After seeing Keira Knightly in The Nutcracker and The Four Realms https://wp.me/p4c1s1-tx I wasn’t excited about seeing her in Colette. But she does much better in her role in this adult film than she does in the former one for children.
Colette is the story of true-to-life author Sidonie-Gabrielle Colette and her writer husband Willy (Dominic West). The pair had a strange relationship. Willy moved in well-known social circles in Paris while Gabrielle (as she was known) was a ‘country bumpkin’. Willy wasted money on gambling, women and entertaining and was constantly scrabbling to put out a best-seller to cover his debts. To do this he gathered a team of people who wrote for him. Gabrielle was drawn into this stratagem and this was how her writing was ‘discovered’.
Colette – as she became known – wrote about her own youthful experiences – with some poetic licence – and Claudine the character was born. In the mid-1800s the ‘novel’ started to become popular but was considered something only women would read. Willy was at first disparaging of his wife’s writing but in desperation he submitted the manuscript to his publisher under his name and the book was a hit. Colette continued to write book after successful book in the Claudine series.
As Willy took the accolades Colette stood back and watched. Sounds like Big Eyes you say, the story of painter Margaret Keane who painted well-received pictures while her husband took the credit. But, no, Colette is different. Colette herself was complicit in the arrangement and didn’t try to wrest control from Willy – at least not for many years. The two worked together to make Claudine successful, which also involved them bizarrely ‘living out’ Claudine in order to make the writing authentic. Amongst other things, to do this, Willy took up with a mistress, and Colette experimented with lesbian sex.
As Claudine the story matured and discovered its identity, so too did Colette the person. While Willy remained the immature, self-centred individual that he always was, Colette outgrew him.
Colette is a fascinating – if weird – story of a writer who became enormously successful in her own right. The film opens in South African cinemas on 7 December 2018.
By Brenda Daniels
Three films, already out on DVD, all reflect an interest in words.
In the first of the three that I watched recently, Academy Award winner, Julianne Moore plays Alice, a character who experiences the devastation of Alzheimer’s disease. Diagnosed at the early age of 50, Alice’s deterioration is scarily swift. From momentarily forgetting words to not recognising landmarks, Alice quickly begins to suffer the ignominy of not being able to find the bathroom and of greeting her own daughter like a stranger. Still Alice delivers its message all the more poignantly by casting its lead character in the role of a linguistics professor who has written a book about communication. When elaborating on his diagnosis Alice’s doctor tells her that symptoms of this strange illness can be even more rapid in the highly educated. Very sobering indeed.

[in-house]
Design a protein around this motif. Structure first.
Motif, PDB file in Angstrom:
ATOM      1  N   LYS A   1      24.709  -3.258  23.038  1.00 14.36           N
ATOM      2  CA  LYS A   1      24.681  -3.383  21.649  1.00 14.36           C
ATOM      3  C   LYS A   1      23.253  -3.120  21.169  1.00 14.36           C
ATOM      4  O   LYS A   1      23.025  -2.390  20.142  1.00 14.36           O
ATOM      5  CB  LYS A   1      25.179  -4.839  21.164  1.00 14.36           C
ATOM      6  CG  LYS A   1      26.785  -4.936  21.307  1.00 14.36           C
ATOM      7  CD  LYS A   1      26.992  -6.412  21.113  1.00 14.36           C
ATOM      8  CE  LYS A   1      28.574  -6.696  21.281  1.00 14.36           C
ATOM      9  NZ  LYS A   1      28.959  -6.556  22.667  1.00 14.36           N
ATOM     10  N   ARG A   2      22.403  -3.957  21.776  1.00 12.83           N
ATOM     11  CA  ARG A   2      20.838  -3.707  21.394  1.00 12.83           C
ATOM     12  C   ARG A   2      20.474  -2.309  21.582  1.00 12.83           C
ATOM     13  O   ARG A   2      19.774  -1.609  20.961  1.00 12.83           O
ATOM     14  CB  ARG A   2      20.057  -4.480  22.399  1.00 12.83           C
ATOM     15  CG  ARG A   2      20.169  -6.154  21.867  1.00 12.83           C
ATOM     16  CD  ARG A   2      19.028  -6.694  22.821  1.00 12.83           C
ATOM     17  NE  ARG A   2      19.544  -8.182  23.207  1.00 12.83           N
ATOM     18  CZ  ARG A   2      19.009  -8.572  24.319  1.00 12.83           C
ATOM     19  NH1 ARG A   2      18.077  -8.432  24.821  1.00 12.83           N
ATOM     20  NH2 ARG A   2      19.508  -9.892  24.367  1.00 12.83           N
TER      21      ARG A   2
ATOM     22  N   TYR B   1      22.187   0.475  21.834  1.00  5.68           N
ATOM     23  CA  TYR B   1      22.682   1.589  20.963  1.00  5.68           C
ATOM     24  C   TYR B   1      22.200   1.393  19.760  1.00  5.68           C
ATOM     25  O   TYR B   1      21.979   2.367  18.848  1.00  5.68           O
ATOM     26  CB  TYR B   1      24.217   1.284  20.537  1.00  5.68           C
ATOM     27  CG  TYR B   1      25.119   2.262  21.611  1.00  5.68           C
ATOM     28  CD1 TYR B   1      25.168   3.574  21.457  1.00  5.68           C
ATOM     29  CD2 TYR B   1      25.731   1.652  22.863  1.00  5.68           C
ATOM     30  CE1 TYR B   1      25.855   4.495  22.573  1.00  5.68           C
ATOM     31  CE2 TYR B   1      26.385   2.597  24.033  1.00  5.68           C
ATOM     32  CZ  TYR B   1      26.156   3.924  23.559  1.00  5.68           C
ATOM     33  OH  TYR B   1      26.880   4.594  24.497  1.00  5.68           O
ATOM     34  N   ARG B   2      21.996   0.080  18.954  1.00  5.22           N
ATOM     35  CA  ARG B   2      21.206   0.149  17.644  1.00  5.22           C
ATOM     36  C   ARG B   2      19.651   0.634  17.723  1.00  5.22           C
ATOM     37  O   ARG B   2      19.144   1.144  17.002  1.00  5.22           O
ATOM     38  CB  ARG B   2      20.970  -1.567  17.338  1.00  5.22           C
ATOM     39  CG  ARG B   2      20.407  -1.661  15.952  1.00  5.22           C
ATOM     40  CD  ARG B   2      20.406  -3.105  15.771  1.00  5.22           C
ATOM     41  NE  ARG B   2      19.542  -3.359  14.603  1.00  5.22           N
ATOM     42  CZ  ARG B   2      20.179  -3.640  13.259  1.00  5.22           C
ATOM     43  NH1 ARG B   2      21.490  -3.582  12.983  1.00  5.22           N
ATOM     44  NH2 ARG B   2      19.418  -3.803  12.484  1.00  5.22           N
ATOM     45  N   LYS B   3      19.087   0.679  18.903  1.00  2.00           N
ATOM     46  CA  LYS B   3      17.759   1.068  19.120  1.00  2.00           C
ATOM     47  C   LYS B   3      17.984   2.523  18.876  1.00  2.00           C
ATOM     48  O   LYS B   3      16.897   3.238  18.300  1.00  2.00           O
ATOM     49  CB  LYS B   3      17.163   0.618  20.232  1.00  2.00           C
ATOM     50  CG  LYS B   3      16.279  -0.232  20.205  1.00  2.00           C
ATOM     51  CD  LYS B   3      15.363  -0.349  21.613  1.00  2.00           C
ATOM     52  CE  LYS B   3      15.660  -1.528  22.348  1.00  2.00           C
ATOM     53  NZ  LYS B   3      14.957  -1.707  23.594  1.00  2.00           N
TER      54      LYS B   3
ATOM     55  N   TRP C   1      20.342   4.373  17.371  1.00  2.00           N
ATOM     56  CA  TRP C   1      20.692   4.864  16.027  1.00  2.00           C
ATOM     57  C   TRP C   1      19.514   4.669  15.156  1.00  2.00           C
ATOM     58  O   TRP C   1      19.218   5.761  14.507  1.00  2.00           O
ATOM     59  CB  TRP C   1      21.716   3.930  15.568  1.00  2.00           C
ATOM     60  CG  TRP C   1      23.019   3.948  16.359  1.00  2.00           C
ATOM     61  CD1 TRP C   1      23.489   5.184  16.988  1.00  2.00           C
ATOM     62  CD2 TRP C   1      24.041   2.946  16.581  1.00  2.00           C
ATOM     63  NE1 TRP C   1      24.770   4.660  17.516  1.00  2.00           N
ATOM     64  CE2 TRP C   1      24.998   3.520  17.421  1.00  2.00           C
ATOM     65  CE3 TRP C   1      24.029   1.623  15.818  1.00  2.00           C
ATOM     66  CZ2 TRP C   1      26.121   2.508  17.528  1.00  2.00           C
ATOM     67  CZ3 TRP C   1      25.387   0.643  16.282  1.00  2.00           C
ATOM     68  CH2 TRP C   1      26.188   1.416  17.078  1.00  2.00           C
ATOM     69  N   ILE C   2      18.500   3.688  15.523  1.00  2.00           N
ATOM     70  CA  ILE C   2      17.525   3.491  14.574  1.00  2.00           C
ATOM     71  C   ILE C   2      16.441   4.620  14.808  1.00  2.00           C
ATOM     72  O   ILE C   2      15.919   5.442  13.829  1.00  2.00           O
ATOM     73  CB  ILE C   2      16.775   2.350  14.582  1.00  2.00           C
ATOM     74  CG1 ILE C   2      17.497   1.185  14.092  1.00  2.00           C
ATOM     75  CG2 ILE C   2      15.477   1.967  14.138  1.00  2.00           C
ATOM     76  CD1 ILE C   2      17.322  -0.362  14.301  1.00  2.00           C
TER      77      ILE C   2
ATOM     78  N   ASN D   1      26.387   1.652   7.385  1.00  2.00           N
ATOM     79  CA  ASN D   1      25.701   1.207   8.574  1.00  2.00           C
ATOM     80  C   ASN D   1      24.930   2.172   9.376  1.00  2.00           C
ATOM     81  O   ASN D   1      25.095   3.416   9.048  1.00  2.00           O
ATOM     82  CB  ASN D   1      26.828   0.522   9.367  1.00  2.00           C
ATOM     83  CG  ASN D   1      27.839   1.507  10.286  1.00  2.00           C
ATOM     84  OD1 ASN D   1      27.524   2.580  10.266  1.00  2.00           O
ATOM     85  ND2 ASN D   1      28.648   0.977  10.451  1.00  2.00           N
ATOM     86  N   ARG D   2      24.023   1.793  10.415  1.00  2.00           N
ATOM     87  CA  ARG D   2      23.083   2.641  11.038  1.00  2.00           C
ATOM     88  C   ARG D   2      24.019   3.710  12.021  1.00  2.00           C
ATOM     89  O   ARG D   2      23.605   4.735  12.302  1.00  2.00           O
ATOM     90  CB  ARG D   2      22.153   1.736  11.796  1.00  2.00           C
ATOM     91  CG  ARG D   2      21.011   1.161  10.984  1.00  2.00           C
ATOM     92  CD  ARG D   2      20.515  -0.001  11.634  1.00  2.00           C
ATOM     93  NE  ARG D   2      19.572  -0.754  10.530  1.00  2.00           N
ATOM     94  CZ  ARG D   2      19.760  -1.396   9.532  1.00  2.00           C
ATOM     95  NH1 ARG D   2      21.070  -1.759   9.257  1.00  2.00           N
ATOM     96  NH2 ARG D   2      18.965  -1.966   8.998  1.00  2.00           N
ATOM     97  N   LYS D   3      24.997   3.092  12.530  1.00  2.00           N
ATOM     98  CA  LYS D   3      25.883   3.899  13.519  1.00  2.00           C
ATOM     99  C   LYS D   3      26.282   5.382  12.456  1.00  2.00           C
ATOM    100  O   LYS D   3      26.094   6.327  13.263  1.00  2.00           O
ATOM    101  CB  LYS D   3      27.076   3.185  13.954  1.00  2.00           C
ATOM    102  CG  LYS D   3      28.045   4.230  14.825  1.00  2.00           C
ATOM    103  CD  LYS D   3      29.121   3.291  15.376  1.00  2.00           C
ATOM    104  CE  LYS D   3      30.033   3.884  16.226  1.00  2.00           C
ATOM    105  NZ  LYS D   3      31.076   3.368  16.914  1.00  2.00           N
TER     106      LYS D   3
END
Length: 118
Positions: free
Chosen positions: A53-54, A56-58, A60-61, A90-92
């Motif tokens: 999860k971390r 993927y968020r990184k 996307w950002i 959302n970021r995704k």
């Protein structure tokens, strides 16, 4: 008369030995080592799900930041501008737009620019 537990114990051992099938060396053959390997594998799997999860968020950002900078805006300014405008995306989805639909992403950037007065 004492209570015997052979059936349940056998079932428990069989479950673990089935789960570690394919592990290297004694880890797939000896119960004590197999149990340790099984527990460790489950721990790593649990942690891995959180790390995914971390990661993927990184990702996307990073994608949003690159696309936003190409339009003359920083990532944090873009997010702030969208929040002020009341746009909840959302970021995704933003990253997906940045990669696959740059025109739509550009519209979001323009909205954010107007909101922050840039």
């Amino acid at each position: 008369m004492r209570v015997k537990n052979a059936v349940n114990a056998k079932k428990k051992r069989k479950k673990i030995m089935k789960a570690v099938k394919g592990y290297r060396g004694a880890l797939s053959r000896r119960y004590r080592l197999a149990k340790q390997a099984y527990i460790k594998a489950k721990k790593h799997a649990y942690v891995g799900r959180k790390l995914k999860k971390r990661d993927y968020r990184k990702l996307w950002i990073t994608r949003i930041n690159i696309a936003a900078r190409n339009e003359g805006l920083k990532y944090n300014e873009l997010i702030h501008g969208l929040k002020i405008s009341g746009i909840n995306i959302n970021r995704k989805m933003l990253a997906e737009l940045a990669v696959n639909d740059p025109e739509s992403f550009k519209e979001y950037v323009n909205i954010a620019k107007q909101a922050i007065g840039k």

Not nearly as believable or worth watching is Stuck in Love, starring Greg Kinnear, Lily Collins and Nat Wolff. In this film a father and his two children are all writers. Each of them writes (or experiences writer’s block) in response to their love or antipathy for the wife and mother (Jennifer Connelly) who “deserted” them some years before. Positing love as the artist’s muse is not a new idea by any means. But in Stuck in Love the portrayal is a bit ridiculous and makes a mockery of the hard work, as opposed to sentiment, that “inspires” writers.
In a way it is hard work that does inspire writing in The Rewrite. In this movie Hugh Grant plays scriptwriter, Keith Michaels, who simply can’t come up with a sequel to his first successful script. He is shipped off to the other side of the country to take up a job as a writer-in-residence at a small university. Here his lackadaisical attitude quickly gets him into trouble. It takes the writing output of his own students to help Keith turn his life around. Their scripts help him realise that, contrary to his initial thoughts, writing can be taught (not just caught) and their positive response to his teaching proves to be the catalyst for his next script.
In Still Alice and The Rewrite there is clear character development. In The Rewrite Keith realises his own and others’ value through his recapturing of the written word. In Still Alice, Alice remains, to herself and her family, still Alice despite her sad loss of words.